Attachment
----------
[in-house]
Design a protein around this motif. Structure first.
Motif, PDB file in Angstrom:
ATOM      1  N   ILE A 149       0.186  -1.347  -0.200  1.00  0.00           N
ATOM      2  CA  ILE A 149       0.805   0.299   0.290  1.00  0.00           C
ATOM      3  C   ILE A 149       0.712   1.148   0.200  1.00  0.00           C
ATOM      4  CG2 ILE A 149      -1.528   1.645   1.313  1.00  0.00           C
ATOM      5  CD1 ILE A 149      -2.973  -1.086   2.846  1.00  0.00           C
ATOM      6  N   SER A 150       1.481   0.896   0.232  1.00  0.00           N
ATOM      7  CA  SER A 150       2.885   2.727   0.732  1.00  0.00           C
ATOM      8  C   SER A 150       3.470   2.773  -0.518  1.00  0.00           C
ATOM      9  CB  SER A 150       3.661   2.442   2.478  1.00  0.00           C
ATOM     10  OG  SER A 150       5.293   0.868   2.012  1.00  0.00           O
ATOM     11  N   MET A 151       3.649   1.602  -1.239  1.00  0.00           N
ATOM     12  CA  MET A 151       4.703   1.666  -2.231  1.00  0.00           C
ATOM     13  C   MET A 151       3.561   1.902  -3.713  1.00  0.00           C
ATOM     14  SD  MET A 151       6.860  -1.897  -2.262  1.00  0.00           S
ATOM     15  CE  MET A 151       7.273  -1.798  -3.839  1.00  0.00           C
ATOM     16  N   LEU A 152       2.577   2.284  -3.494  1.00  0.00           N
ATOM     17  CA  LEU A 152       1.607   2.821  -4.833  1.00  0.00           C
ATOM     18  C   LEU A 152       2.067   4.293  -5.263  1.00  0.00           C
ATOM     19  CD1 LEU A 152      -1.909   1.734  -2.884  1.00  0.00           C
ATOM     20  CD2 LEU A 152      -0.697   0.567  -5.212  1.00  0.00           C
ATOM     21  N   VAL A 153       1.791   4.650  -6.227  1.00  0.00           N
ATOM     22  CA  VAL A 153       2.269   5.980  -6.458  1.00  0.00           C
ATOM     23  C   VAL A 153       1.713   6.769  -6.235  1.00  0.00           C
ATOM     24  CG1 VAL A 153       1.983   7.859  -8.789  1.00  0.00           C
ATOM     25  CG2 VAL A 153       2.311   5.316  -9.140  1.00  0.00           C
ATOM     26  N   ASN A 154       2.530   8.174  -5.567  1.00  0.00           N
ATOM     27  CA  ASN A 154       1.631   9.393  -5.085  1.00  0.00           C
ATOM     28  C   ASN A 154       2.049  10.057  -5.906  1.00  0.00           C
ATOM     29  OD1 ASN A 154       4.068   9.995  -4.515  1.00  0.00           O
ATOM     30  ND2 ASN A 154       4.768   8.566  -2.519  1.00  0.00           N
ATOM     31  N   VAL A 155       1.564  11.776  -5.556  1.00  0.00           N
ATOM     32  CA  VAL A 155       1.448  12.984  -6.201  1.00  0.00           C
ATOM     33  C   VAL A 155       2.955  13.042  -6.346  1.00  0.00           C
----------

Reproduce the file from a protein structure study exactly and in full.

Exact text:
[in-house]
Design a protein around this motif. Structure first.
Motif, PDB file in Angstrom:
ATOM      1  N   ILE A 149       0.186  -1.347  -0.200  1.00  0.00           N
ATOM      2  CA  ILE A 149       0.805   0.299   0.290  1.00  0.00           C
ATOM      3  C   ILE A 149       0.712   1.148   0.200  1.00  0.00           C
ATOM      4  CG2 ILE A 149      -1.528   1.645   1.313  1.00  0.00           C
ATOM      5  CD1 ILE A 149      -2.973  -1.086   2.846  1.00  0.00           C
ATOM      6  N   SER A 150       1.481   0.896   0.232  1.00  0.00           N
ATOM      7  CA  SER A 150       2.885   2.727   0.732  1.00  0.00           C
ATOM      8  C   SER A 150       3.470   2.773  -0.518  1.00  0.00           C
ATOM      9  CB  SER A 150       3.661   2.442   2.478  1.00  0.00           C
ATOM     10  OG  SER A 150       5.293   0.868   2.012  1.00  0.00           O
ATOM     11  N   MET A 151       3.649   1.602  -1.239  1.00  0.00           N
ATOM     12  CA  MET A 151       4.703   1.666  -2.231  1.00  0.00           C
ATOM     13  C   MET A 151       3.561   1.902  -3.713  1.00  0.00           C
ATOM     14  SD  MET A 151       6.860  -1.897  -2.262  1.00  0.00           S
ATOM     15  CE  MET A 151       7.273  -1.798  -3.839  1.00  0.00           C
ATOM     16  N   LEU A 152       2.577   2.284  -3.494  1.00  0.00           N
ATOM     17  CA  LEU A 152       1.607   2.821  -4.833  1.00  0.00           C
ATOM     18  C   LEU A 152       2.067   4.293  -5.263  1.00  0.00           C
ATOM     19  CD1 LEU A 152      -1.909   1.734  -2.884  1.00  0.00           C
ATOM     20  CD2 LEU A 152      -0.697   0.567  -5.212  1.00  0.00           C
ATOM     21  N   VAL A 153       1.791   4.650  -6.227  1.00  0.00           N
ATOM     22  CA  VAL A 153       2.269   5.980  -6.458  1.00  0.00           C
ATOM     23  C   VAL A 153       1.713   6.769  -6.235  1.00  0.00           C
ATOM     24  CG1 VAL A 153       1.983   7.859  -8.789  1.00  0.00           C
ATOM     25  CG2 VAL A 153       2.311   5.316  -9.140  1.00  0.00           C
ATOM     26  N   ASN A 154       2.530   8.174  -5.567  1.00  0.00           N
ATOM     27  CA  ASN A 154       1.631   9.393  -5.085  1.00  0.00           C
ATOM     28  C   ASN A 154       2.049  10.057  -5.906  1.00  0.00           C
ATOM     29  OD1 ASN A 154       4.068   9.995  -4.515  1.00  0.00           O
ATOM     30  ND2 ASN A 154       4.768   8.566  -2.519  1.00  0.00           N
ATOM     31  N   VAL A 155       1.564  11.776  -5.556  1.00  0.00           N
ATOM     32  CA  VAL A 155       1.448  12.984  -6.201  1.00  0.00           C
ATOM     33  C   VAL A 155       2.955  13.042  -6.346  1.00  0.00           C